PARIS, France — Last season, Chitose Abe referenced cult New York club Paradise Garage in both womenswear and menswear. The underground community of spirit the club stood for obviously resonates still, because the collection she showed on Monday was founded on the sentiment “Love will save the day,” not just a heartfelt plea in the face of a hate-filled world, but also the title of a Whitney Houston song that legendary DJ Larry Levan played to death in the Garage.
Love etc. was literally woven into the collection in a number of artfully subliminal ways. The show culminated, for instance, in pieces that were covered with badges, some of them with complete words, others with single letters, like military insignia. Abe said she wanted them to feel like patches that had fallen off a military uniform and been reapplied — repurposed — on another item of clothing, love at least transmuting, if not quite saving, the soldier’s day.
And that is also why the collection focused on the arms. There was an orgy of sleeve action, both tight and loose, because, said Abe’s able lieutenant Daisuke Gomma, “Arms are what we hold each other with.” Love, remember?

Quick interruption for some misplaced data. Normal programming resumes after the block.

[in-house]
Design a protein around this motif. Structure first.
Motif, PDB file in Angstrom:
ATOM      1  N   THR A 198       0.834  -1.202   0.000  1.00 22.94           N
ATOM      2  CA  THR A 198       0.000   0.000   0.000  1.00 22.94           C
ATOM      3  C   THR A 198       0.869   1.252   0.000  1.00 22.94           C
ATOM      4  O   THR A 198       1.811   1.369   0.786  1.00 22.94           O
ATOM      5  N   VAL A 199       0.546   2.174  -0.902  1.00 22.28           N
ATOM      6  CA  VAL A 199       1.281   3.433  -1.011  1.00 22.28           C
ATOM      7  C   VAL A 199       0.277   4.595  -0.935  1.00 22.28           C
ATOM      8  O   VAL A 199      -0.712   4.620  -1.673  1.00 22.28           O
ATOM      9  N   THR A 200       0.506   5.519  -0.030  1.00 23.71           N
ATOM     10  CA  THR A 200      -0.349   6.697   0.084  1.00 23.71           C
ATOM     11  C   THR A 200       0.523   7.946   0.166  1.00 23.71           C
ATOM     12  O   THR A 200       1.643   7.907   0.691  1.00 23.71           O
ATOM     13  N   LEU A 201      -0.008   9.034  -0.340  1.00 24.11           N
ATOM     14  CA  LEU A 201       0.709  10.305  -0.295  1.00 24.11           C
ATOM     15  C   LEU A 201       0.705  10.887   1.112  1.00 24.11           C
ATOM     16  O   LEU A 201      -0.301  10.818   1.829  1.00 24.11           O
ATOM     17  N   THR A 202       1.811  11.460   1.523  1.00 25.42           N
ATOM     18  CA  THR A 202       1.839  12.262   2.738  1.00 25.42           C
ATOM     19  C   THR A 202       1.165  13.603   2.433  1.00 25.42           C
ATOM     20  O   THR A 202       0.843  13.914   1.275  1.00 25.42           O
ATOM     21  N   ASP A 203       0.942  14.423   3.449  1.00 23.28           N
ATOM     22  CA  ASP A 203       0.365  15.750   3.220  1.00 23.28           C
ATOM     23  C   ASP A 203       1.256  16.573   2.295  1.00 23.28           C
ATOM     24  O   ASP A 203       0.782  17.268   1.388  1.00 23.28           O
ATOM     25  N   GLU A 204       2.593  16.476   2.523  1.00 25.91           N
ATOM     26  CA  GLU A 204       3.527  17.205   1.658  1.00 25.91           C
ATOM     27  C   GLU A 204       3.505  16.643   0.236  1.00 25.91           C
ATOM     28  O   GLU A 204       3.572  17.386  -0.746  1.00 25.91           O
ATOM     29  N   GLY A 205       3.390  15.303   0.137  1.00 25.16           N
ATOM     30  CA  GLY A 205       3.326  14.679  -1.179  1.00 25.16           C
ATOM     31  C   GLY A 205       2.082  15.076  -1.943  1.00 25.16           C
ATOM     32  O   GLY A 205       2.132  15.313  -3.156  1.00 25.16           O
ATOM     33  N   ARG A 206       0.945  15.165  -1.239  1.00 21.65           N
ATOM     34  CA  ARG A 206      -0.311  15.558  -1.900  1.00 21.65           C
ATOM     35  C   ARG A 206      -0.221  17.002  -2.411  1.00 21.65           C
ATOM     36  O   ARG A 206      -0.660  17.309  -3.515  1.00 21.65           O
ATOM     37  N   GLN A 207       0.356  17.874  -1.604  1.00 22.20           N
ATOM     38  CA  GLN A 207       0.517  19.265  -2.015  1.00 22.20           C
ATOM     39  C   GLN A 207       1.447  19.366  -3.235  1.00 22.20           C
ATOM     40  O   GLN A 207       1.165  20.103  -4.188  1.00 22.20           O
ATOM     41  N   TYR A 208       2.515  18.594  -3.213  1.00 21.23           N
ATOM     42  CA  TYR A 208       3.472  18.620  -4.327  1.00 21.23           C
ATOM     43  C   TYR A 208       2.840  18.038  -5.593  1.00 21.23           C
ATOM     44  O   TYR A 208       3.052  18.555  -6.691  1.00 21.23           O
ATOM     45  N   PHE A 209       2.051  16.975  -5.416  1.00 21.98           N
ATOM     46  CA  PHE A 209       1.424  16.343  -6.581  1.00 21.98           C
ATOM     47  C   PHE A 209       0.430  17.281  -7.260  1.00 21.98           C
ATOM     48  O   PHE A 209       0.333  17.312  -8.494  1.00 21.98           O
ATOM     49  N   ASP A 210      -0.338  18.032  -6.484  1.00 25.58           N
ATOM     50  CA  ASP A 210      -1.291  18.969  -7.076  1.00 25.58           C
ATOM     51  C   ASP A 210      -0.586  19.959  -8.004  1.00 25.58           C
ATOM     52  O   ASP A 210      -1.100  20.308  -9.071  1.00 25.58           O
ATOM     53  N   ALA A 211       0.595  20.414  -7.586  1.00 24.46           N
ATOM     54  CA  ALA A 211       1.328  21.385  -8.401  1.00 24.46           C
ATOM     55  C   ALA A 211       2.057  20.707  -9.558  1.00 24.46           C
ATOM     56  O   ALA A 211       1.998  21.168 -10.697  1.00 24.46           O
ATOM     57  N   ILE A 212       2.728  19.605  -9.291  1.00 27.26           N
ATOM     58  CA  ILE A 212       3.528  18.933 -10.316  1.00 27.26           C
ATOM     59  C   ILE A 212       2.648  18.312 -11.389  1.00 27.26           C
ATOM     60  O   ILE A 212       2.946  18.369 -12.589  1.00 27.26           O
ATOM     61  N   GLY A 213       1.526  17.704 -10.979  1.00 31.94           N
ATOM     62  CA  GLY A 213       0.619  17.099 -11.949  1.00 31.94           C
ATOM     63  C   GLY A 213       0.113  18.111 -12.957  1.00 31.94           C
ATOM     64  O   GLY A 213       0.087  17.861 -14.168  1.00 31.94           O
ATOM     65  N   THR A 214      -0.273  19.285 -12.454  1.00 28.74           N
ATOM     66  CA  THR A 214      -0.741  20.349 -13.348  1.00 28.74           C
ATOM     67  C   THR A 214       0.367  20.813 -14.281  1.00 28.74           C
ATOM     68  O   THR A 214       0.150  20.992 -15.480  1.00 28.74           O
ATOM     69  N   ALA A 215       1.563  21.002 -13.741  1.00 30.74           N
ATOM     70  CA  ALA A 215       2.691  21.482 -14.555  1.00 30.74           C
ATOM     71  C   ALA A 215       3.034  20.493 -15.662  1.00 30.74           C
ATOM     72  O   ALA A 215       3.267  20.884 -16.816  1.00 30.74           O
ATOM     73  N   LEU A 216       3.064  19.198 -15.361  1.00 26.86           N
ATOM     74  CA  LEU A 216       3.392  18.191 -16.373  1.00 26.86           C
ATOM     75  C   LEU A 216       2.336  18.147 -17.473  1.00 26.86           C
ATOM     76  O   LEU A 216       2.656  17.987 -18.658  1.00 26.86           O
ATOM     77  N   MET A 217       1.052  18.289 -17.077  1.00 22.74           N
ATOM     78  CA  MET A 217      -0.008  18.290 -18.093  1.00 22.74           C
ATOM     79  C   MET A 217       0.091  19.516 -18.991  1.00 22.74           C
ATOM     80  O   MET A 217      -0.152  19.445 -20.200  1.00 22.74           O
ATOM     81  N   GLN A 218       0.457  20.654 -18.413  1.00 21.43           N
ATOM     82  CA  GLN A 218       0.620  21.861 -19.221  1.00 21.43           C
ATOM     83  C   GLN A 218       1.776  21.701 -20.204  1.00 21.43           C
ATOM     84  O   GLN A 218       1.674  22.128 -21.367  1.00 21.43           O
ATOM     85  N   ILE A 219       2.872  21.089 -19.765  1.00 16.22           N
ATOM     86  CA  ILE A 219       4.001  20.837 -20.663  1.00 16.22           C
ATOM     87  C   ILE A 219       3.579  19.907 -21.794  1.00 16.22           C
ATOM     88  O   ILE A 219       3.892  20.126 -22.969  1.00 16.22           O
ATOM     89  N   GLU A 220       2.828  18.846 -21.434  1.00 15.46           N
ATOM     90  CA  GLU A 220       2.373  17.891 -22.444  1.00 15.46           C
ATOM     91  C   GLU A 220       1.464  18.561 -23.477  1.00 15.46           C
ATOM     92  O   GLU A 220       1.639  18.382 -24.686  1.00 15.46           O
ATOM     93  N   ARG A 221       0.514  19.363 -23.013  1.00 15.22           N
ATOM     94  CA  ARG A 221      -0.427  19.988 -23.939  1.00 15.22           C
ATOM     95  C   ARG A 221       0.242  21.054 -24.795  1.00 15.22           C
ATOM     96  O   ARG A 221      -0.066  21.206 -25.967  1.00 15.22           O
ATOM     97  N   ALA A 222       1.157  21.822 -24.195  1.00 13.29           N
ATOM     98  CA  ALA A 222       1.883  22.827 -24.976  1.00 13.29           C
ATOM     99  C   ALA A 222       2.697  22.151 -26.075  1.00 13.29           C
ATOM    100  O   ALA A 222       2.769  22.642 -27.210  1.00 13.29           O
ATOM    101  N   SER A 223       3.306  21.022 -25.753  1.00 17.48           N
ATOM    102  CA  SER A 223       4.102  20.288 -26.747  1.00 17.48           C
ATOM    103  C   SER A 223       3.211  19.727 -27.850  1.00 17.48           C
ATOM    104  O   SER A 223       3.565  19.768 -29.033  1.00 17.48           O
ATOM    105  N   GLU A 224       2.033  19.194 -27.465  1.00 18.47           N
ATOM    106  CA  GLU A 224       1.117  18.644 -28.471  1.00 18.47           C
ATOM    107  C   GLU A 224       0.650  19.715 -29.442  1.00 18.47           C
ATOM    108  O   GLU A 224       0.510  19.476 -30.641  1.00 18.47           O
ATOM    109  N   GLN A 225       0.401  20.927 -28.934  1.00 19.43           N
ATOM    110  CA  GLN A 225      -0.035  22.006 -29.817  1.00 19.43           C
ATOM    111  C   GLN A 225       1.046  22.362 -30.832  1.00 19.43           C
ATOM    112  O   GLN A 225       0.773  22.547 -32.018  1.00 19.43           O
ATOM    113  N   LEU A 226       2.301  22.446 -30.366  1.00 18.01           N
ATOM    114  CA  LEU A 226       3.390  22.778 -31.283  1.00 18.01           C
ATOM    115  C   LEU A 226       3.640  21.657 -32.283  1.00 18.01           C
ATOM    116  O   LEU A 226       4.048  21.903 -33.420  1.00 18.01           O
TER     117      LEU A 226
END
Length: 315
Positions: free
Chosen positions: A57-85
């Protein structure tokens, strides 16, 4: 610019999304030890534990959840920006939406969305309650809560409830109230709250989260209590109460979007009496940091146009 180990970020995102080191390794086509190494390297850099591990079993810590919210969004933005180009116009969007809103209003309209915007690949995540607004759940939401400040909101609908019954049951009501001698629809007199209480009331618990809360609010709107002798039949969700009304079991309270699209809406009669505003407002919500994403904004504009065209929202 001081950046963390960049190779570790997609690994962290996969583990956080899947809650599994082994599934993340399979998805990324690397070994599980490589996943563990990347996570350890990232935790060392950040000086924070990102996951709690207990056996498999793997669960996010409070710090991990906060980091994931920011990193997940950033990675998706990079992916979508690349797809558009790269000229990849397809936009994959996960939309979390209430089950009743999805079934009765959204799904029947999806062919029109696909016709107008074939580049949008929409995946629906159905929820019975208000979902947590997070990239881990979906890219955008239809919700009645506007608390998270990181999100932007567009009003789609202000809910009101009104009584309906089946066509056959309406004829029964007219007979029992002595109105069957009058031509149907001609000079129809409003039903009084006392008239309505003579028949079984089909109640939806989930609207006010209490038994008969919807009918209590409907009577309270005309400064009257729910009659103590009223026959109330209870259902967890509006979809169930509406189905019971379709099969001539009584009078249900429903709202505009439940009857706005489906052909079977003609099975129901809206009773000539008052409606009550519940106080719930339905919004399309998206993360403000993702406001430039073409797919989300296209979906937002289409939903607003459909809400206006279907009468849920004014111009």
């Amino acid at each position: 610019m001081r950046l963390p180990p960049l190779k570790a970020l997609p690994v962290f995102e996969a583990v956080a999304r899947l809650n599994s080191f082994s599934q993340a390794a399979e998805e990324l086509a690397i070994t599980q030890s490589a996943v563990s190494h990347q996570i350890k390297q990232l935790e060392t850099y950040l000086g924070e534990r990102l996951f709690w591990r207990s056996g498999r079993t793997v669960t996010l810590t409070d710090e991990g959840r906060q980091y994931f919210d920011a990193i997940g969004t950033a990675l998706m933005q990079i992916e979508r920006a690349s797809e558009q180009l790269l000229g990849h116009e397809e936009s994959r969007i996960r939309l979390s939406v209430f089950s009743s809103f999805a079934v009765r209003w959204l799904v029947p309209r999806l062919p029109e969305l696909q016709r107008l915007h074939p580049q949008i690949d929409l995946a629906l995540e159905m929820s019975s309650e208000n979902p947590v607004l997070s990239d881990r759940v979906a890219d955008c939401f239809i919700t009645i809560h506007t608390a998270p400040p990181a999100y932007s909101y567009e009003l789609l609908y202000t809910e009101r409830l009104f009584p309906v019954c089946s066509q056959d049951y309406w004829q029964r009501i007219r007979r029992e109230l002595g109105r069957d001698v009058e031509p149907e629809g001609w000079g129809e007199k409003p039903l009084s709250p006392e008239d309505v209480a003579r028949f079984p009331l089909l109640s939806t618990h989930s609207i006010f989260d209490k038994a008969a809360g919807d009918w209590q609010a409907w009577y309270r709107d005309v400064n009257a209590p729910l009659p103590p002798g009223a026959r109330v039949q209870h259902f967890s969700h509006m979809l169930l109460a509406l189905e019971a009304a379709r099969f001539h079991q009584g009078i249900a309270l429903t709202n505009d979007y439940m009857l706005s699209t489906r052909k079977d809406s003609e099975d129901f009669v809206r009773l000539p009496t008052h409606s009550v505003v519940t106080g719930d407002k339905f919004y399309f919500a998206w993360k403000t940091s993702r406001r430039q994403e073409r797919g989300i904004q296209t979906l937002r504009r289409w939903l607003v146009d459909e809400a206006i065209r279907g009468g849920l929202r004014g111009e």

But, sentiment aside, Abe is no soft-centred pushover. As much as her new designs promoted the feel-good fuzzies, they exulted in the punkiness that kickstarts her as a designer. It’s a big part of Abe’s art that she can anchor the diaphanous beauty of her work with tough tailoring: a truncated peacoat, a dissected shearling. Here, straps defined the body, wrapping the torso bondage-style, cupping the butt. They added a wayward dynamism to the collection, even if their utilitarian value was called into question by some onlookers.
Less open to debate was a palette whose hallucinatory intensity came courtesy of Japanese techno-organzas. Misty, stoned clouds of colour wrapped the collection, floating away in a handkerchief hem, layered in dark, decadent petals. They highlighted the irresistible sensation that Sacai is always hiding something…or someone. You?